Generally, futures bets are slanted heavily in favor of sports books looking to capitalize on your love for your favorite team or player. (Georgia to win the national championship in 2016? Why not? We just hired Kirby Smart. Put me down for $100. What will it hurt?)

Usually there aren’t many good bets, but we’ve identified a few Heisman futures odds that could be attractive.

A good rule to follow: Barring a minor miracle, a quarterback on a very good team will win the award. Quarterbacks have won 13 of the last 16 Heisman Trophies, with USC running back Reggie Bush and Alabama running backs Mark Ingram Jr. and Derrick Henry the lone exceptions in 2005, 2009 and 2015.

(The Tide went 13-0 in ’09, winning its first national championship in 17 years. Ingram played well, but there was a dearth of options at quarterback. Texas QB Colt McCoy finished a close third.)

It also doesn’t hurt if you’re athletic and can run a little (Cam Newton, Tim Tebow, Johnny Manziel).

Clemson’s Deshaun Watson, Oklahoma’s Baker Mayfield, Ohio State’s J.T. Barrett and Ole Miss’ Chad Kelly are strong candidates, as they should put up huge offensive numbers on potential College Football Playoff teams.

But with any bet, it’s all about value — recognizing an undervalued asset or avoiding something or someone inflated within the marketplace. Here are some good and bad value bets based on the Bovada Heisman Trophy odds as of Feb. 3.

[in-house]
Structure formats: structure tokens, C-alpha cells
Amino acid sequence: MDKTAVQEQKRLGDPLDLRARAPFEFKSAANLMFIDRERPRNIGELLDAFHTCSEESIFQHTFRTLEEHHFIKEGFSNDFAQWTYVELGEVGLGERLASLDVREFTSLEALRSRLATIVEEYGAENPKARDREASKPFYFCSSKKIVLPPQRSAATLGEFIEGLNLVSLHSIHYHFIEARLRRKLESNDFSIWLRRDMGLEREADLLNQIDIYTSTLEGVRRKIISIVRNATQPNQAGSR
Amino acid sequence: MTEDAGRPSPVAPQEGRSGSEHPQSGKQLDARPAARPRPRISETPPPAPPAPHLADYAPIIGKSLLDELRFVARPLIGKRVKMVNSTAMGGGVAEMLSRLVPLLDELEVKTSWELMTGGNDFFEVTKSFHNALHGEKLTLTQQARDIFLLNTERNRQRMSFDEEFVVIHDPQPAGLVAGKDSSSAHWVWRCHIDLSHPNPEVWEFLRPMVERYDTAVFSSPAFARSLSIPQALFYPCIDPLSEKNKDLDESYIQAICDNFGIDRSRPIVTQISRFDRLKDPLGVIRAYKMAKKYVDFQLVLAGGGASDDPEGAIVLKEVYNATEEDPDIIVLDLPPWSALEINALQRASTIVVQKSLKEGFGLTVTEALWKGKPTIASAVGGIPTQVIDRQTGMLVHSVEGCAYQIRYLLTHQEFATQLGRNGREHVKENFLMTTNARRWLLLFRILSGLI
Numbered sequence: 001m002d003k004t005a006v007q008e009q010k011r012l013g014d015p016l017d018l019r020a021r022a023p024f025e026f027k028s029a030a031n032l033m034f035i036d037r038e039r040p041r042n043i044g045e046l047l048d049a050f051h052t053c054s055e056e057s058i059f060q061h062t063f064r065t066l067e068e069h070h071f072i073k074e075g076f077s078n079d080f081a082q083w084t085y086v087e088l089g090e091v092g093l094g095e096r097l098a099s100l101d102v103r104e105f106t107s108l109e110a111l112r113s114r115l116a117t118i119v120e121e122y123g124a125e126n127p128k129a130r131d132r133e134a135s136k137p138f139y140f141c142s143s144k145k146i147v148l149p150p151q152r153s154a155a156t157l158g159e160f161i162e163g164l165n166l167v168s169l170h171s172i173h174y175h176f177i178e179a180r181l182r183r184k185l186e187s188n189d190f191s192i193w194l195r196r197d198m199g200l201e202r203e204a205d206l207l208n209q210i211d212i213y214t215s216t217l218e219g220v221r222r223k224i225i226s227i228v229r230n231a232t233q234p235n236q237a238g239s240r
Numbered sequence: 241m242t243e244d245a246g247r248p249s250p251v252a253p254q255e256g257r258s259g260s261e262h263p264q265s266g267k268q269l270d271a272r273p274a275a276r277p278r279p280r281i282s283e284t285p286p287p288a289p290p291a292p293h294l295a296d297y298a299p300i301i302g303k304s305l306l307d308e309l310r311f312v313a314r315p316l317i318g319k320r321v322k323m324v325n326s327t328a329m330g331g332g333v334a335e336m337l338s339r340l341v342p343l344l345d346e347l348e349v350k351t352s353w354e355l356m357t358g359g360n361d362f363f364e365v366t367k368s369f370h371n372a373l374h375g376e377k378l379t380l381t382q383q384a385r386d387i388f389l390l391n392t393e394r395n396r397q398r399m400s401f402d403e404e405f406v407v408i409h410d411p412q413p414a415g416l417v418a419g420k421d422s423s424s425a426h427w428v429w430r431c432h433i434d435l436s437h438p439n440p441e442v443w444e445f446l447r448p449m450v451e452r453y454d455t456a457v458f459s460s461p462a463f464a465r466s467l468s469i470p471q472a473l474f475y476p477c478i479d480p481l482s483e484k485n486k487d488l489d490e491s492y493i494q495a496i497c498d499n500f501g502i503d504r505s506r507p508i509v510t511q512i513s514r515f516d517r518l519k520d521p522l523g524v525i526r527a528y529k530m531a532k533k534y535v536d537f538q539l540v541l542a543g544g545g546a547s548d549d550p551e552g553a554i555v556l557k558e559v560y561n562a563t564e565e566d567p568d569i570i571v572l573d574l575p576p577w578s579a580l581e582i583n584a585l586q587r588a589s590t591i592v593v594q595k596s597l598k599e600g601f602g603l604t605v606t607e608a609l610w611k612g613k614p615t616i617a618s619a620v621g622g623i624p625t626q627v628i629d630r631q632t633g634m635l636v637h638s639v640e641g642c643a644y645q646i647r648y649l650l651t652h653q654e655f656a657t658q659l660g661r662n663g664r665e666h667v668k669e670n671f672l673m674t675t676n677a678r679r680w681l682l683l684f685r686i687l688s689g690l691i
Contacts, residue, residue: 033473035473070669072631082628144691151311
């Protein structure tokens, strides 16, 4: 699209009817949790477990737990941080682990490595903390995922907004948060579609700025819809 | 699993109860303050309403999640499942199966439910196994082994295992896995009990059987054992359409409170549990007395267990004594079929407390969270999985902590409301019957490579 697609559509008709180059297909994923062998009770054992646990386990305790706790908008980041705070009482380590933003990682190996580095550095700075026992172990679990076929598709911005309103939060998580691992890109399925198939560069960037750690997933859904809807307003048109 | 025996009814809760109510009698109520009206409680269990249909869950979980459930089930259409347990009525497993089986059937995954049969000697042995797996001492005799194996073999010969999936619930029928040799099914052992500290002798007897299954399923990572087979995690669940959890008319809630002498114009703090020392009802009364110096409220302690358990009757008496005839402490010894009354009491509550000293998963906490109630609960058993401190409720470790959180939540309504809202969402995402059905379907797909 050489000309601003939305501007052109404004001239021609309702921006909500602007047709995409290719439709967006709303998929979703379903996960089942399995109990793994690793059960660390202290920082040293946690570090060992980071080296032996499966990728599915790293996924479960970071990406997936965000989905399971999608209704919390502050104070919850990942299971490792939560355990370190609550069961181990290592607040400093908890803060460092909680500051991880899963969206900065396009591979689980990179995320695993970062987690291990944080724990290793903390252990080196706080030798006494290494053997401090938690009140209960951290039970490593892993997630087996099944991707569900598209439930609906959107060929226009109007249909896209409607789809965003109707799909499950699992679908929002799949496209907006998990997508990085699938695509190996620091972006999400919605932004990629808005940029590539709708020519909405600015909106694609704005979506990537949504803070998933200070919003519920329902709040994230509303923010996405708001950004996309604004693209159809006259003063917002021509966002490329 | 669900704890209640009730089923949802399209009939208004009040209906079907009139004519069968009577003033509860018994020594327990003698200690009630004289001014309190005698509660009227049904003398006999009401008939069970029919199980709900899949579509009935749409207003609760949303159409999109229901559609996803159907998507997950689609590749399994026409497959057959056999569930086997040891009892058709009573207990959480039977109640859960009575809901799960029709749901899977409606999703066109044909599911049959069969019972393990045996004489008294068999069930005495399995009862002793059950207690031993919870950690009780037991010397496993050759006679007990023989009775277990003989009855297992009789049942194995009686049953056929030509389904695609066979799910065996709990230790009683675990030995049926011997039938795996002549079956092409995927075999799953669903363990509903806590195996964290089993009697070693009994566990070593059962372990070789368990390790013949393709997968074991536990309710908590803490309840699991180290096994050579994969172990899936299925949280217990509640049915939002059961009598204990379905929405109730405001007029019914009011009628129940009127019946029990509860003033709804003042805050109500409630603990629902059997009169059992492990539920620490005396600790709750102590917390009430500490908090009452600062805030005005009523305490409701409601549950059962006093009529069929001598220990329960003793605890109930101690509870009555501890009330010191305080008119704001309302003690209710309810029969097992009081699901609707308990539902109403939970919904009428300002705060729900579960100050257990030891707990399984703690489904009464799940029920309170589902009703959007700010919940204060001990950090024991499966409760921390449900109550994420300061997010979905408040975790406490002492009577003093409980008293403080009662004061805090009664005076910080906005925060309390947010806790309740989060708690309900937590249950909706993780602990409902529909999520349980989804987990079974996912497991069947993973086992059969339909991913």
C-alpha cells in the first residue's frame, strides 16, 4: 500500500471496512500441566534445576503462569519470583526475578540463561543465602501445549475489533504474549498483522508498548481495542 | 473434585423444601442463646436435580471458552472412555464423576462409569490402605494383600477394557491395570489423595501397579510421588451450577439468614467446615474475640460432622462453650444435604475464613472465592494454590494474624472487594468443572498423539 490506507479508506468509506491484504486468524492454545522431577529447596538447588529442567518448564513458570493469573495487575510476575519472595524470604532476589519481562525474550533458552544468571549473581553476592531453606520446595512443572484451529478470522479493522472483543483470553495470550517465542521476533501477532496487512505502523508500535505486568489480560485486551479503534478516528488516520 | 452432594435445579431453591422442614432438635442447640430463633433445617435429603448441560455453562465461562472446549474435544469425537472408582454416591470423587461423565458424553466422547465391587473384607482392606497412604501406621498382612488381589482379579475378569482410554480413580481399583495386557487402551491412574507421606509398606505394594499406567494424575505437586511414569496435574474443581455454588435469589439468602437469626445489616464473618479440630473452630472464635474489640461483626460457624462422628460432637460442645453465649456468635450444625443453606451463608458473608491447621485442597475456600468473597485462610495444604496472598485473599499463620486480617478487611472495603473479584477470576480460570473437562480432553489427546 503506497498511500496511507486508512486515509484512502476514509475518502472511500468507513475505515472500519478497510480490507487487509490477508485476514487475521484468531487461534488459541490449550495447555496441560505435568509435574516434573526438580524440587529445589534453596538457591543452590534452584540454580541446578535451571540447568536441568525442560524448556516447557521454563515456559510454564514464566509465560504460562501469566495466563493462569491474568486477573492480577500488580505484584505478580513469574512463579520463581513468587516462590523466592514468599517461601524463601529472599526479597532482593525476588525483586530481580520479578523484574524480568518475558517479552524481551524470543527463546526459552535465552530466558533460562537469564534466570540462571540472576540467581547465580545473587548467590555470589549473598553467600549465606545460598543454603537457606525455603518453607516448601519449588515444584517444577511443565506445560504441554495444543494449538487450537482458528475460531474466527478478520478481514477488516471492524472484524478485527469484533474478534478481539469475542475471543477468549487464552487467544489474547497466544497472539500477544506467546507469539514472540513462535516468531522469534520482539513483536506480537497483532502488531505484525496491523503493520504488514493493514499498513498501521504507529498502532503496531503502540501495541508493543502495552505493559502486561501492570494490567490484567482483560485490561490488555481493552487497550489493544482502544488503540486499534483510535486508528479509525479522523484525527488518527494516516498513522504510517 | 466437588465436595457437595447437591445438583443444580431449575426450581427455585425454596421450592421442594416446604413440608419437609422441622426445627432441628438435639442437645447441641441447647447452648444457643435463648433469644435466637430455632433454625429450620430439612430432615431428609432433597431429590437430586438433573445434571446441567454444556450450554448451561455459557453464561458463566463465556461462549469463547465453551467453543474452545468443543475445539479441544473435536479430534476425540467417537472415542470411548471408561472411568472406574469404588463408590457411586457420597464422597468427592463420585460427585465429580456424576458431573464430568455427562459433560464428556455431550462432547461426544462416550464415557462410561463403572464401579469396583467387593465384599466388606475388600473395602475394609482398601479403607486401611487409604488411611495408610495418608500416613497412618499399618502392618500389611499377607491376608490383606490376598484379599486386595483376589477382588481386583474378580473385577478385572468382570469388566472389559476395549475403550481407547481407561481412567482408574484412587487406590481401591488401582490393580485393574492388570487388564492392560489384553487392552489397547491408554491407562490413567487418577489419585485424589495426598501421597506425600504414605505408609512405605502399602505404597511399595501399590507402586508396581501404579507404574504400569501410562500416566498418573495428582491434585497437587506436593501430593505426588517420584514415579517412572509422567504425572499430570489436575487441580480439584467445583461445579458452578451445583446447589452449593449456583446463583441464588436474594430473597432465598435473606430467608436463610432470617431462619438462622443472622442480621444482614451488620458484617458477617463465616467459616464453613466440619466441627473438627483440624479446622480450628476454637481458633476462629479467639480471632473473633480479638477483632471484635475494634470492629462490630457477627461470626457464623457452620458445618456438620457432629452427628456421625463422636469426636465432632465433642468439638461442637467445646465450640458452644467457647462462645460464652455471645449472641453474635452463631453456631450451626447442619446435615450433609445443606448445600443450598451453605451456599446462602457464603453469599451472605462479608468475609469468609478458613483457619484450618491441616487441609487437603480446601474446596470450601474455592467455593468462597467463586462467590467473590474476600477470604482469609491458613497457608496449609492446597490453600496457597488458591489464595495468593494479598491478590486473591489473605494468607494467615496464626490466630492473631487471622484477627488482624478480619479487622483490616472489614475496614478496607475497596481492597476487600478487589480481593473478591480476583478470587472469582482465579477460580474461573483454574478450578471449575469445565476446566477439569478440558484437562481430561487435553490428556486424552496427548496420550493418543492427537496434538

Keep in mind this isn’t a list of who is most likely to win the Heisman Trophy, but rather a guide to which players may have good or bad betting value based on the current odds.

Only one player will win the Heisman, so most of these bets are losers.


  • Oklahoma QB Baker Mayfield (10/1). The dual-threat Mayfield and Samaje Perine, who has scored 37 touchdowns and rushed for 3,000 yards in just two seasons, return for an offense that averaged 43.5 points per game in 2015. Alabama, Michigan, Clemson, Ohio State and Florida State are getting more love nationally, but it’s just as conceivable that Oklahoma wins the Big 12 and returns to the College Football Playoff as it is that any of those teams make it. If he stays healthy, Mayfield could again top 4,100 total yards and 45 touchdowns on a top 4 team. His odds are outstanding relative to Deshaun Watson and Christian McCaffrey.